Stacey Oke, DVM, MSc

Causes of Sudden Death in Racehorses Examined

Sometimes racehorses collapse on the track for reasons that are not immediately apparent; these exercise-related sudden death cases are uncommon and "poorly understood," according to an international team of researchers that recently completed a retrospective study on the subject. They noted that veterinarians are only able to determine the actu...

Horse Sedation with an Oral Gel (AAEP 2010)

We've all heard about or witnessed horses that simply refuse to be restrained long enough for the veterinarian to administer a much-needed intravenous sedative. Authors of a recent study suggest that a sedative-containing gel might be just what the doctor ordered in these cases.

Horse Colic Prognosis Using Blood Lactate Levels (AAEP 2010)

Monitoring lactate levels in samples of peritoneal fluid, the fluid surrounding and lubricating the abdominal organs, can help a veterinarian predict which colicky horses require surgery. John G. Peloso, DVM, MS, Dipl. ACVS, presented a study on peritoneal lactate levels and colic prognoses at the 2010 American Association of Equine Practitioners conventi...

Colic Surgery and Intestinal Lubricants (AAEP 2010)

Colicky horses that undergo exploratory surgery and are ultimately diagnosed with an ileal impaction appear to benefit from a single injection of carboxymethylcellulose (CMC) into the ileum to resolve the problem, according to veterinarians from Auburn University's College of Veterinary Medicine.

Comparing Bute and Firocoxib Safety (AAEP 2010)

The non-steroidal anti-inflammatory drug (NSAID) firocoxib had fewer side effects than phenylbutazone in horses after 42 days of treatment, according to scientists from Merial Limited who presented comparative research results at the 2010 Convention of the American Association of Equine Practitioners (AAEP), held Dec. 4-8 in Baltimore, Md.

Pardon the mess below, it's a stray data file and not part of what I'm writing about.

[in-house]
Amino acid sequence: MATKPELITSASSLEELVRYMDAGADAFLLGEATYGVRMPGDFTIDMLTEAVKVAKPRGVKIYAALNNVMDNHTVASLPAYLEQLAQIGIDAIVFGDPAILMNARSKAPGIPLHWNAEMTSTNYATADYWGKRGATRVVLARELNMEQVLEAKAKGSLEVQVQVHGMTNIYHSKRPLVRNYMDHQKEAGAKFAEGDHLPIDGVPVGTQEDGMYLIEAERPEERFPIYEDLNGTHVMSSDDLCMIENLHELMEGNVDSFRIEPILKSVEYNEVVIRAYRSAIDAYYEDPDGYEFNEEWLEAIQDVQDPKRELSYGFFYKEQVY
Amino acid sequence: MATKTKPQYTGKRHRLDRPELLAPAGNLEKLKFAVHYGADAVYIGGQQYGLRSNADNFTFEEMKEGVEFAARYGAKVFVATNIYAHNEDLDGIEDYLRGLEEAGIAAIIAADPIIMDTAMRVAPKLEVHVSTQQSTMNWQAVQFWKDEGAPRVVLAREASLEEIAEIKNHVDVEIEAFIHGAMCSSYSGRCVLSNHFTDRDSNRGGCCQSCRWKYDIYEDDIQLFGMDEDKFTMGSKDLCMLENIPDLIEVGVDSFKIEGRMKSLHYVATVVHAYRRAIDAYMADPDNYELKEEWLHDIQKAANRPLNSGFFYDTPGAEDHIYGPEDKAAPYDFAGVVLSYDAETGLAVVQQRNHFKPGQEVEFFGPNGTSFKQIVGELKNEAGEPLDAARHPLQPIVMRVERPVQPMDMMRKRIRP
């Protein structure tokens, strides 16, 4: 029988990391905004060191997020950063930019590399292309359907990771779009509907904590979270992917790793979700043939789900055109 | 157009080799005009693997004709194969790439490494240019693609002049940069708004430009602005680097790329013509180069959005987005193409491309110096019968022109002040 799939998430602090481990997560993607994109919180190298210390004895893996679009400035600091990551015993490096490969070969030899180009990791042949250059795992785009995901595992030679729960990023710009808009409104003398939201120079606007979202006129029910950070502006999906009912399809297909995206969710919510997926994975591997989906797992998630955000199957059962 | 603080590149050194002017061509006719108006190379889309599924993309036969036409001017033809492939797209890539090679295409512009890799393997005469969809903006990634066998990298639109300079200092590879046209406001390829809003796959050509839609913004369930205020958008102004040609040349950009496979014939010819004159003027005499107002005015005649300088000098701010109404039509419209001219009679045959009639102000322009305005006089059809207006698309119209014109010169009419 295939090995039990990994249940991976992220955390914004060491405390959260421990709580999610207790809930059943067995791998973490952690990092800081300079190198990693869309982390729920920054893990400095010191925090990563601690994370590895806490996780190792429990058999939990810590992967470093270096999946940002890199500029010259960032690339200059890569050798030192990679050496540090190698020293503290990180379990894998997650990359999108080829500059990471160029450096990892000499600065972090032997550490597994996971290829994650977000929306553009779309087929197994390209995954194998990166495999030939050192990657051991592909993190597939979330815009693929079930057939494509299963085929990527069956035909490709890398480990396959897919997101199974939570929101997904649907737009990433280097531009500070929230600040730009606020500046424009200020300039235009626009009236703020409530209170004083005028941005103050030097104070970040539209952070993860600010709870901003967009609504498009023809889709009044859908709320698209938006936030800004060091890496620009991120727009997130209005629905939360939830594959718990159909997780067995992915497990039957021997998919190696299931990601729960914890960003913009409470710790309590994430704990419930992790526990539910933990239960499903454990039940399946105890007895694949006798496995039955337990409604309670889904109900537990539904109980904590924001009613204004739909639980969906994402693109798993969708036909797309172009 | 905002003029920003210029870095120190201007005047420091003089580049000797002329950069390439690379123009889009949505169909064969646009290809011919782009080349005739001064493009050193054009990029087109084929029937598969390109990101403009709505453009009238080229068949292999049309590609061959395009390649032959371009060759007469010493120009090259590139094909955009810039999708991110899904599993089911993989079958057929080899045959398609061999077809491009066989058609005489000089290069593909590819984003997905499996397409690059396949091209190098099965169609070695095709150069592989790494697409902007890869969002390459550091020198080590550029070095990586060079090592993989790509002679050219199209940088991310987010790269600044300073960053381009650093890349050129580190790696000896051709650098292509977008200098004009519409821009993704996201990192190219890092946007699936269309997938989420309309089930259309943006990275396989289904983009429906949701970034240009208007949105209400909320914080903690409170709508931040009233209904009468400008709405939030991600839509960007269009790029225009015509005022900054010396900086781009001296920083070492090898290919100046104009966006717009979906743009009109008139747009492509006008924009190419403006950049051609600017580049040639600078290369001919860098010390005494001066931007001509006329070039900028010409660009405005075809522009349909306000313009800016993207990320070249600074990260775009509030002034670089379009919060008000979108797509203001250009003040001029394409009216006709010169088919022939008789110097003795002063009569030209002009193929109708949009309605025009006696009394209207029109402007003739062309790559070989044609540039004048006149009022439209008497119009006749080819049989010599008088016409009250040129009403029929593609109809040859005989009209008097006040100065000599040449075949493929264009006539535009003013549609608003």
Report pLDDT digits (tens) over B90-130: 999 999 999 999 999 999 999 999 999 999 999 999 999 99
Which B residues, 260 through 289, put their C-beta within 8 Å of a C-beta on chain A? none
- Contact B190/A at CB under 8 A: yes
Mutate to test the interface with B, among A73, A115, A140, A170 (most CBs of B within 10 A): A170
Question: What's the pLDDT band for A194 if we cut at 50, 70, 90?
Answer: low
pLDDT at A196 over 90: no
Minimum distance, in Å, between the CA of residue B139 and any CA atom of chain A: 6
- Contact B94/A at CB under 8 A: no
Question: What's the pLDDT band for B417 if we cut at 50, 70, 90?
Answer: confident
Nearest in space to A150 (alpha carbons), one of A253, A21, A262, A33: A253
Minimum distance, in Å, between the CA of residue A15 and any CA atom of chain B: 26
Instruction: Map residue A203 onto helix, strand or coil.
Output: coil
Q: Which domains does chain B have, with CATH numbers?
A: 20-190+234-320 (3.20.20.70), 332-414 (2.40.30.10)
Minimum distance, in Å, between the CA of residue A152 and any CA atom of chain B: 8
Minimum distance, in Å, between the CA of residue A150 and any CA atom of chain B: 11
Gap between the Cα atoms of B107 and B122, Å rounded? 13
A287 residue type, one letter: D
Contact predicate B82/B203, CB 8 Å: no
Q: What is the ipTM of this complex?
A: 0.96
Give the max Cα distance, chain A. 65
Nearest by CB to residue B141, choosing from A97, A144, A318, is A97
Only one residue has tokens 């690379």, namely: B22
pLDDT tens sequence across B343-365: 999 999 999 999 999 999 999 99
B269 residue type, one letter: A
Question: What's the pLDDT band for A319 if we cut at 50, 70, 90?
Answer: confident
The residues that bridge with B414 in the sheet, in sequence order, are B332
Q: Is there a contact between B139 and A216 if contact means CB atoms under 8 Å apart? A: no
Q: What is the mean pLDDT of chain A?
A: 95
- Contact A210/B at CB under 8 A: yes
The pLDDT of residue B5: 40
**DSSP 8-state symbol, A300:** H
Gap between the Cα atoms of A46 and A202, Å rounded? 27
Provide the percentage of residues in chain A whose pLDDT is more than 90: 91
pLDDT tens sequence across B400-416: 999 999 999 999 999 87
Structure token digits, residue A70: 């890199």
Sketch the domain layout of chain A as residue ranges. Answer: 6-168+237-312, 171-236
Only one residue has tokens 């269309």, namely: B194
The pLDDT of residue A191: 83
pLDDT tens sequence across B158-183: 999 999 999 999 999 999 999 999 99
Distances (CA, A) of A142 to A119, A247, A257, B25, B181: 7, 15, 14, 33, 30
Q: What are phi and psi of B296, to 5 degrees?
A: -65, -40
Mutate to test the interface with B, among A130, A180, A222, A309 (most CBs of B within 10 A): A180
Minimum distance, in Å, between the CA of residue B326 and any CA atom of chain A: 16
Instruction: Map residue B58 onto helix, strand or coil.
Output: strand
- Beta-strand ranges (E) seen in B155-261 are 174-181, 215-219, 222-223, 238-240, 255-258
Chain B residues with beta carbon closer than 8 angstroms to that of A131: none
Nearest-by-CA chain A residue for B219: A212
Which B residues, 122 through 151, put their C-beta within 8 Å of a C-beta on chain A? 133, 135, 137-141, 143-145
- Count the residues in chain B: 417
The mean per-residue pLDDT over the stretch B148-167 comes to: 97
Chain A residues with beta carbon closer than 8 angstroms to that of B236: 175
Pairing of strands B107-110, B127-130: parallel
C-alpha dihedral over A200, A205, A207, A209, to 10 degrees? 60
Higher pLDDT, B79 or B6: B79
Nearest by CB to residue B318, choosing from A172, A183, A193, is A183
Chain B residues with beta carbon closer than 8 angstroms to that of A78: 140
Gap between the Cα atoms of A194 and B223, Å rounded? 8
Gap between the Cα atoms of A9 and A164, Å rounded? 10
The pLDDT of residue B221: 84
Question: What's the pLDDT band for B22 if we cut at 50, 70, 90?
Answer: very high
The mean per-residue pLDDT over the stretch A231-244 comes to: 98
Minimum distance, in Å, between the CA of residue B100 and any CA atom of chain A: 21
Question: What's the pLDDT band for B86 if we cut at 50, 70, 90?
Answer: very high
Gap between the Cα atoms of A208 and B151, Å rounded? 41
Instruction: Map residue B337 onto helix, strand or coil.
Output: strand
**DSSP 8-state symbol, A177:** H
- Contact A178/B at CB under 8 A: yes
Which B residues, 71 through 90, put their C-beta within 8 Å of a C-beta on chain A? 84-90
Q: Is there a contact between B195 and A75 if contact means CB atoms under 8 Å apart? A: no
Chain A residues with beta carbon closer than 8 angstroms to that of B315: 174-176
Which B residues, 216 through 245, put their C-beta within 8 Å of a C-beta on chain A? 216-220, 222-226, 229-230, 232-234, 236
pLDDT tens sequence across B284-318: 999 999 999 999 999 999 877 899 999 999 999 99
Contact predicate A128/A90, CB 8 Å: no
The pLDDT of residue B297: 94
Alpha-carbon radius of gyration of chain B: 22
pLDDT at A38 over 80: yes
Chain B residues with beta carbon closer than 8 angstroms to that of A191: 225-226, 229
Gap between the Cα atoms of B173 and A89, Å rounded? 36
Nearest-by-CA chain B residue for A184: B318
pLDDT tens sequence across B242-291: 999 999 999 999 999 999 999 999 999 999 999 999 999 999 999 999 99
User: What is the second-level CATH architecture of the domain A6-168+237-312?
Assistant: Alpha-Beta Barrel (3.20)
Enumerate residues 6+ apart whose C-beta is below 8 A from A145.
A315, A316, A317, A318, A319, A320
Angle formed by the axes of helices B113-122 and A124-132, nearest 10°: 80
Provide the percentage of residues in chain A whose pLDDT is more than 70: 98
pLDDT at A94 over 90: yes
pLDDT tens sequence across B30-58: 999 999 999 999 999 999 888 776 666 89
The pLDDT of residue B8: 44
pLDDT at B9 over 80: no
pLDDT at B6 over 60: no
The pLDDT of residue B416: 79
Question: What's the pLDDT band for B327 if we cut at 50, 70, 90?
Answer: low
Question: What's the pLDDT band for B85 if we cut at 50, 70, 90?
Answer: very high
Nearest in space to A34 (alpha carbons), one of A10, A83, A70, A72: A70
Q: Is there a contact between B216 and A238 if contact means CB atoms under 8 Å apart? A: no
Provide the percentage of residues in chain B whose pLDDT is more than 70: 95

R. Equi: The Hunt for New Antibiotics Continues (AAEP 2010)

It isn't for lack of effort that the equine industry still doesn't have new options for treating Rhodococcus equi pneumonia in foals. According to Noah Cohen, VMD, MPH, PhD, Dipl. ACVIM, professor of equine medicine at Texas A&M University, he and his colleagues are well aware that veterinarians are in dire need of better antibiotic alternativ...

Infectious Respiratory Disease: PCR Testing Suggested (AAEP 2010)

Polymerase chain reaction (PCR) is a fast, accurate, quick, and easy testing method to diagnose pathogens associated with equine upper respiratory tract infections, and researchers on a recent study recommended that veterinarians pursue PCR in cases of infectious upper respiratory disease. Not only does it allow the veterinarian to pinpoint the causative ...

Anesthesia for Donkeys vs. Horses (AAEP 2010)

"Donkeys are becoming more common patients for equine veterinarians, and although it is tempting to treat a donkey like a horse, there are important differences regarding patient handling and drug dosages," cautioned Lori Bidwell, DVM, of Lexington Equine Surgery and Sports Medicine in Kentucky. Bidwell spoke on the key differences between anest...

XY Sex Reversal in Horses: The Genes Behind the Switch

Veterinary researchers have taken a leap forward in explaining XY sex reversal, the most common equine sex chromosome abnormality. A team of scientists from the University of Kentucky's Gluck Equine Research Center and the College of Veterinary Science at Texas A&M University have been examining the Y chromosome to determine what prompts a genetic...